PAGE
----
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Gynecol Oncol. 2007 Nov;107(2 Suppl 1):S27-30.

Long-term efficacy of human papillomavirus vaccination.

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Division of Gynecologic Oncology, Department of Gynecology and Obstetrics, Emory University School of Medicine, 69 Jesse Hill Drive, Atlanta, GA 30064, USA.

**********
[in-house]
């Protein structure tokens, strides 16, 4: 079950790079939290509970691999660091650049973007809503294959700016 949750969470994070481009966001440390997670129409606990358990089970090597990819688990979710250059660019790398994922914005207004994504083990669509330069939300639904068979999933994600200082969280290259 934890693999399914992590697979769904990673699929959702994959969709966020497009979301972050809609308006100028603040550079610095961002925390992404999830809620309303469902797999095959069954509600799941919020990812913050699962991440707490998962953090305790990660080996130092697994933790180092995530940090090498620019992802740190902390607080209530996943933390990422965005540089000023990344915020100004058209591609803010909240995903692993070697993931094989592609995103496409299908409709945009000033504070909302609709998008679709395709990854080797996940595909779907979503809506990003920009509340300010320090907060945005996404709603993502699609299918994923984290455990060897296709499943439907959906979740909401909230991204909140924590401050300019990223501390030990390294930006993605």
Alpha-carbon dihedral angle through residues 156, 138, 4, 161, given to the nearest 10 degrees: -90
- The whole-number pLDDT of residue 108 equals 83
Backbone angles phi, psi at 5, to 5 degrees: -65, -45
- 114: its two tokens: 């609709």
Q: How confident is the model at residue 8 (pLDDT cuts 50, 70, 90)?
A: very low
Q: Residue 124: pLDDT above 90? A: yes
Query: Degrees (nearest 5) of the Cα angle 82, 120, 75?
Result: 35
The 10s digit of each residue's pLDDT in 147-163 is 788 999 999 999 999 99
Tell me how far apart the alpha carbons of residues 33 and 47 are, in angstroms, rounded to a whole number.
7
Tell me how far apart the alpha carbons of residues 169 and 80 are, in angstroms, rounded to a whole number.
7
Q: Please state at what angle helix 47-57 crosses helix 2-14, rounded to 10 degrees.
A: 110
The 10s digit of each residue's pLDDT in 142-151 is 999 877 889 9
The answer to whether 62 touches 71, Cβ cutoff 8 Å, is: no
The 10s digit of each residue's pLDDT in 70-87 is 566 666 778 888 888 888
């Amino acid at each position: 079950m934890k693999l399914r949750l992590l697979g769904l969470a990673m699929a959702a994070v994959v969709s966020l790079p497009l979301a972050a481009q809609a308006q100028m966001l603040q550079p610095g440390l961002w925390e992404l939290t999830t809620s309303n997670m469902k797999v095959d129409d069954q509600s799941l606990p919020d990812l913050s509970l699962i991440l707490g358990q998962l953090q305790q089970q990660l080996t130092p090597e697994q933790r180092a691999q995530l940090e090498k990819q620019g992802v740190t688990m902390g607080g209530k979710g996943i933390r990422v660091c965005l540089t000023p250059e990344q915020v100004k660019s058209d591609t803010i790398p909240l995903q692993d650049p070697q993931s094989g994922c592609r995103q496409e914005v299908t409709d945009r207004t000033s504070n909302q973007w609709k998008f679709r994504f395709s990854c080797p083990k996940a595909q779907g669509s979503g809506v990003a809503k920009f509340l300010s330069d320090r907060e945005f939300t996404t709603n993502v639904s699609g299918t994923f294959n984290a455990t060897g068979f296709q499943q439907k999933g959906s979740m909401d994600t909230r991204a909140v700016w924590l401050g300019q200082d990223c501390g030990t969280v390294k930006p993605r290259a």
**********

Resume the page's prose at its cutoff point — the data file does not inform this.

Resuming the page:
Achieving long-term protection following vaccination is crucial to ensuring that high levels of immunity are maintained within a population while eliminating the need to introduce booster vaccinations. Based on an analysis of the hepatitis B virus vaccine, several factors have been shown to contribute to long-term protection, namely: specific lymphoproliferation, the in vivo humoral response, and immune memory. To ensure protection against persistent human papillomavirus (HPV) infection and the subsequent development of cervical lesions, an effective HPV vaccine must be able to induce strong humoral immune responses. Mathematical modeling analyses based on a three-dose regimen of HPV type 16 prophylactic vaccine indicated that 99% of 16- to 23-year-old women would have almost life-long detectable anti-HPV-16 levels. Available data on the quadrivalent HPV vaccine demonstrated that long-term immune memory was induced, with anti-HPV geometric mean titers after 5 years remaining at or above those observed with natural infection. Vaccination also resulted in a substantial reduction in the combined incidence of HPV-6/11/16/18 related persistent infection or disease, and there were no cases of precancerous cervical dysplasia compared with six cases in women receiving placebo. Similarly the bivalent HPV vaccine has been shown to induce long-term immunity with >98% seropositivity maintained after 4.5 years of follow-up and geometric mean titres at this time point remaining substantially higher than those noted with naturally acquired infection. Countrywide registration regarding population and health events in a stable population of approximately 25 million makes the Nordic countries an ideal setting for the evaluation of long-term cervical cancer control. Population-based long-term efficacy trials conducted in these countries aim to investigate the long-term efficacy of HPV vaccination with regard to invasive cervical cancer, and the results of these trials are awaited with interest.

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